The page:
Who will buy GMO potatoes? Me.

Interesting article from NPR about a new strain of GMO potatoes that bruise less easily (read: less food waste) and produce less of a potentially harmful chemical.  The inserted modified genes are actually modified potato genes.  Sounds great.  But, to this point, major potato buyers (read: McDonald’s, Frito Lay, etc.) have chosen not to buy them over consumer fears of “GMO!”  (Meanwhile, of course, those companies sell dozens of products with GMO soy and corn).  I dug into the comments thread on this one a bit (always a scary place, but definitely less son on NPR) and the biggest complaint the opponents could come up with was “Monsanto!!”  For-profit companies trying to use new technologies to make a profit.  What horrible fate may befall us next?  Should we be careful and judicious with GMO food?  Of course?  There’s no evidence we have not been to this point.  The creator of the potato– Michigan State University– needs to get it approved by the FDA, like all the other GMO foods.  But the very fact that something is “GMO” is far too often a matter of knee-jerk opposition rather than actually considering how the product was modified, with what genes, the potential environmental impact, etc.  A careful analysis may suggest some GMO products are not worth it.  But I’ve yet to see that careful analysis from GMO opponents.

On a related note, the potato is a really fascinating source of food.  It yields a tremendous amount of calories for humans to eat for any given amount of land cultivated.  That’s why the Irish came to rely upon it so much.  This NPR article details why traditional methods of potato breeding are particularly difficult:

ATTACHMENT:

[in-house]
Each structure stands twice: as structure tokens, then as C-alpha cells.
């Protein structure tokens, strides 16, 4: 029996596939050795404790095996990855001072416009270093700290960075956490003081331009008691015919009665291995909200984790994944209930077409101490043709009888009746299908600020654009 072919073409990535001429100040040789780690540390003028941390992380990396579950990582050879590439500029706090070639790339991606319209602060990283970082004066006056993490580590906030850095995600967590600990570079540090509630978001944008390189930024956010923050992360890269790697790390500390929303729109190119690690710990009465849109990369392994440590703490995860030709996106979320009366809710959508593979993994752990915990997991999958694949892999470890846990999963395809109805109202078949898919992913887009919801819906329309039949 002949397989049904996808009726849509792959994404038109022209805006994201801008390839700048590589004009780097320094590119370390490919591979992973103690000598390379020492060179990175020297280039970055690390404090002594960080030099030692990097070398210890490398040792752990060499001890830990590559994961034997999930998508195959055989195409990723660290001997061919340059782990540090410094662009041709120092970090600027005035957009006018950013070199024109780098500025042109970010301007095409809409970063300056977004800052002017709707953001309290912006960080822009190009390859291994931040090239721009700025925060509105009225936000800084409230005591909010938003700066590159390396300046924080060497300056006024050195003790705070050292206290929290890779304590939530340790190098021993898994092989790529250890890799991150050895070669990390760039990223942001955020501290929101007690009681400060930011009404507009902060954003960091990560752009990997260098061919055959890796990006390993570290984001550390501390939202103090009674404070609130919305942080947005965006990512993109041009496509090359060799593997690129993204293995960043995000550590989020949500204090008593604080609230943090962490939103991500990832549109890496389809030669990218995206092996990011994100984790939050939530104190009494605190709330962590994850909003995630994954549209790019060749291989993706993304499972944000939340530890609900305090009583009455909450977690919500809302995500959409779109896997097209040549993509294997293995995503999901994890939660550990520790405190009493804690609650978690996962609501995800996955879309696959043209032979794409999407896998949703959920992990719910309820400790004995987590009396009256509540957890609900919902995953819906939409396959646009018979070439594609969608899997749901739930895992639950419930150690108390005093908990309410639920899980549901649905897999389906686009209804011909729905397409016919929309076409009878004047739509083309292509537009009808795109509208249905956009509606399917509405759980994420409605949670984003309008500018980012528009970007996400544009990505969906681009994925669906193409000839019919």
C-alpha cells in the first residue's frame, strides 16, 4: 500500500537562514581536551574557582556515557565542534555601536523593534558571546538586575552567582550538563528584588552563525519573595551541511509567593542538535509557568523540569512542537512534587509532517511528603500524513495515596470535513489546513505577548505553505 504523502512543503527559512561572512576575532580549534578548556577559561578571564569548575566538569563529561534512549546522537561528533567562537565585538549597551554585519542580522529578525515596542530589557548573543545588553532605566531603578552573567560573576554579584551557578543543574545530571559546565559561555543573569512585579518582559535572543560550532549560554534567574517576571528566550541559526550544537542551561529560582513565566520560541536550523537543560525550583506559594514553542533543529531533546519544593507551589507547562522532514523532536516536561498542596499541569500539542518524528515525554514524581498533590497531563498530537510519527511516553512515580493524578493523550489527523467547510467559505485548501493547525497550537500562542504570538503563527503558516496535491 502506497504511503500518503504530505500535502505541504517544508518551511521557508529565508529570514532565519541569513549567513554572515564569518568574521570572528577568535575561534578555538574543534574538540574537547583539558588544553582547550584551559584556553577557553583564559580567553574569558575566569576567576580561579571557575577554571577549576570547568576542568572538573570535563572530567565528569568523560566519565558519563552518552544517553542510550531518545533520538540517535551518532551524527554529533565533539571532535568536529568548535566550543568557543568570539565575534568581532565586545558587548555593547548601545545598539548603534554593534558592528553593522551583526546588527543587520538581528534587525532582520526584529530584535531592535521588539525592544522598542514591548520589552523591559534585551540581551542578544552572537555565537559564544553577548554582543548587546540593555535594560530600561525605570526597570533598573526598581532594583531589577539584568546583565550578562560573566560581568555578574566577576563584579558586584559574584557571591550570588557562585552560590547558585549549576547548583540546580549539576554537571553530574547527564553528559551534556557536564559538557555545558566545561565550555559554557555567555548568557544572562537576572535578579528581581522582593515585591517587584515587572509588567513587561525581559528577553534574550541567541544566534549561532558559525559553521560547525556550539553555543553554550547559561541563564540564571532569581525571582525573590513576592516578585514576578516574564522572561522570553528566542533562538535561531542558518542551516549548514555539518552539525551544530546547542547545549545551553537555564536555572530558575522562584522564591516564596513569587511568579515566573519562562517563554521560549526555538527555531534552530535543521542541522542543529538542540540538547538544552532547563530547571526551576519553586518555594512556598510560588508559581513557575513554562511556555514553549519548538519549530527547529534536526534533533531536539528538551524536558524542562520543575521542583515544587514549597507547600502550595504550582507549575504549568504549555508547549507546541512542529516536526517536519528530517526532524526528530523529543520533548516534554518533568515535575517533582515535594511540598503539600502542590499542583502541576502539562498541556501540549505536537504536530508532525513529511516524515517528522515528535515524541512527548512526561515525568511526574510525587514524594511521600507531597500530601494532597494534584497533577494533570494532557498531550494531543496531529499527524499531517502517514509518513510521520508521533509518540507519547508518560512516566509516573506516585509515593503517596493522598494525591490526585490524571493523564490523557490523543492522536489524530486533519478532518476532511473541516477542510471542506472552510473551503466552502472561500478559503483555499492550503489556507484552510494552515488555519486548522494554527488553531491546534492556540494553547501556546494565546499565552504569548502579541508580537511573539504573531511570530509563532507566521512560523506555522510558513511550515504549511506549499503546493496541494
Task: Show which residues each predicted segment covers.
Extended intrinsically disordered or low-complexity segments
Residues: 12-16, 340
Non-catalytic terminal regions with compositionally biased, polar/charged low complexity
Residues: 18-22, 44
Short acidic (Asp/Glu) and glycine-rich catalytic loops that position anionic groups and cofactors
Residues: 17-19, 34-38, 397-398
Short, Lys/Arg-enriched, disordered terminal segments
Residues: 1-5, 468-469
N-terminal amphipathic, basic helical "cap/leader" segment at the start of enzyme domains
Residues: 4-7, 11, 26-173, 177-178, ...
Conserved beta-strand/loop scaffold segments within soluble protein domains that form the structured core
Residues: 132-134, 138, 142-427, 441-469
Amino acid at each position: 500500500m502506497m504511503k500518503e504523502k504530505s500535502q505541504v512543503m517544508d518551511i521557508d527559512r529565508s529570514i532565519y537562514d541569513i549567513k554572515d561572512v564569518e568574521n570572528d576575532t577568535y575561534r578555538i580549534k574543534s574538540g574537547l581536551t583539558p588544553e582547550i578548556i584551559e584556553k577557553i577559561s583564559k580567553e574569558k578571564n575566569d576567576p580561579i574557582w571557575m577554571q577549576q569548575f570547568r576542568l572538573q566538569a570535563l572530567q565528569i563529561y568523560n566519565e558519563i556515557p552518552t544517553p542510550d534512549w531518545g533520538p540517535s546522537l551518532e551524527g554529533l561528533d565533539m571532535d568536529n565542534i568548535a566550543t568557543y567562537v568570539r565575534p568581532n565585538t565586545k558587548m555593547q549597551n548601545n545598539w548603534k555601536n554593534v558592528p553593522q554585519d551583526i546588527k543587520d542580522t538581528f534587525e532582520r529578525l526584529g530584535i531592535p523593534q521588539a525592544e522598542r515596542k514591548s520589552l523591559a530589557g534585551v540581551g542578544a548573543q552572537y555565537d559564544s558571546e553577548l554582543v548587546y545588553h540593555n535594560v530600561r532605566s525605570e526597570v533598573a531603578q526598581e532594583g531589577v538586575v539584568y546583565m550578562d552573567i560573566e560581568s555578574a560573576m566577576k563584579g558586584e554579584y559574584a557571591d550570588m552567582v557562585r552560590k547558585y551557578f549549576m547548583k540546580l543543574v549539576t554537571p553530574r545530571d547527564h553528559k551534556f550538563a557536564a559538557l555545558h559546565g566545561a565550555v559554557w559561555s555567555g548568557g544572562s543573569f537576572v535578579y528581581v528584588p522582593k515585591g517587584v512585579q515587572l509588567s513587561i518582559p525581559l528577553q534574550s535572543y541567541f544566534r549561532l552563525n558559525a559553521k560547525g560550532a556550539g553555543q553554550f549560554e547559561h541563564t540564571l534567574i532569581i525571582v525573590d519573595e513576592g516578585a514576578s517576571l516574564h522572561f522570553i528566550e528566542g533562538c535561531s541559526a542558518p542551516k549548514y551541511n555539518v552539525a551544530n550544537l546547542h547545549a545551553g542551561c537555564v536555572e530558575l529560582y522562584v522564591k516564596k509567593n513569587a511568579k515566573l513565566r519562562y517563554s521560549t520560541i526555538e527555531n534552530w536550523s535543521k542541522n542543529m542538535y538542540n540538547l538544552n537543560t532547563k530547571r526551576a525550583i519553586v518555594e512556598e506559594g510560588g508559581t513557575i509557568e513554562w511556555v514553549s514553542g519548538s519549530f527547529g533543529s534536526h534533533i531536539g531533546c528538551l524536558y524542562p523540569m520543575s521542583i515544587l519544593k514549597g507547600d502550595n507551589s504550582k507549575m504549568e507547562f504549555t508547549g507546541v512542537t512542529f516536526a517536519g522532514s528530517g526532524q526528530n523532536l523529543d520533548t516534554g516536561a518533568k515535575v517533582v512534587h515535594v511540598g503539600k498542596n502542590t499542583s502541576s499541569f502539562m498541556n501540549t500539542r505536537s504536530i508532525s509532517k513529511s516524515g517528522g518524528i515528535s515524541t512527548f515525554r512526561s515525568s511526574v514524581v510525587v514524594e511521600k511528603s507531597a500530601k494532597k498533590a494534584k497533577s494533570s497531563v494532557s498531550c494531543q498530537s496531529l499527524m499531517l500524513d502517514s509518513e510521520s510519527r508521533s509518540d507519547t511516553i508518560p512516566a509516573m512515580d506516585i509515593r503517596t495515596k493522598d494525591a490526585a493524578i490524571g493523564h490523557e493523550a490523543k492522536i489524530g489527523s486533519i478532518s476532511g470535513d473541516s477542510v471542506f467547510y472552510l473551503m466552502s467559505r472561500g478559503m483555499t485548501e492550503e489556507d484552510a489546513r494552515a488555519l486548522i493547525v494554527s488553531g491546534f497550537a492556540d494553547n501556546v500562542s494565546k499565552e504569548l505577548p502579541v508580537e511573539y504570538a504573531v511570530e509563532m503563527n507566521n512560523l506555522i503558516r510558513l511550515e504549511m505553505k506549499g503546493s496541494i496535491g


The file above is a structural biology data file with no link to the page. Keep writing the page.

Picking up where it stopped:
Unfortunately, the potato resists improvement.

The reasons lie in the genetic nature of this crop. It’s very difficult, using traditional breeding, to make gradual improvements in an established potato variety. Mating it with another variety produces tremendously varied offspring, the vast majority of them inferior to the variety that you were hoping to improve. It’s like trying to improve a really good poker hand by reshuffling the whole deck of cards and dealing again.

This is why Douches is so excited about these new potatoes: They’re just like a much-loved variety, but better.

This seems another point worth considering.  Traditional breeding techniques are going to be much more difficult with certain types of food, e.g., potatoes, and it therefore makes even more sense to thing about a GM approach with them.  Anyway, for know, looks like I’m stuck with regular potatoes because the knee-jerk GMO opponents are winning the battle.  I was very intrigued that the CSPI’s Michael Jacobson (somebody not at all afraid of scaring consumers away from certain foods) of all people supports GMO foods:

Yet other advocates for healthy food believe the Simplot potatoes offer real advantages.

“It’s really strange how GMO has become a curse word,” says Michael Jacobson, executive director of the Center for Science in the Public Interest. Jacobson has been among the leaders of the healthful-food movement. For the past 40 years, he has fought excess sugar, fat, salt and food additives.

But genetic modification? It’s just another technology, he says, “and if we could have genetically engineered crops and foods that produce safer products, and less expensive products, that’s terrific!”

The FDA does need to examine these new potatoes, Jacobson says. But if they do deliver less cancer risk, and result in less food wasted, he hopes that people will buy them.

My guess is that right now the new GM potatoes don’t offer quite enough economic advantages to offset the bad publicity.  But once they do, millions of Americans who are convinced that they are scared of GM foods will be happily munching their GM french fries and potato chips and being none the wiser.

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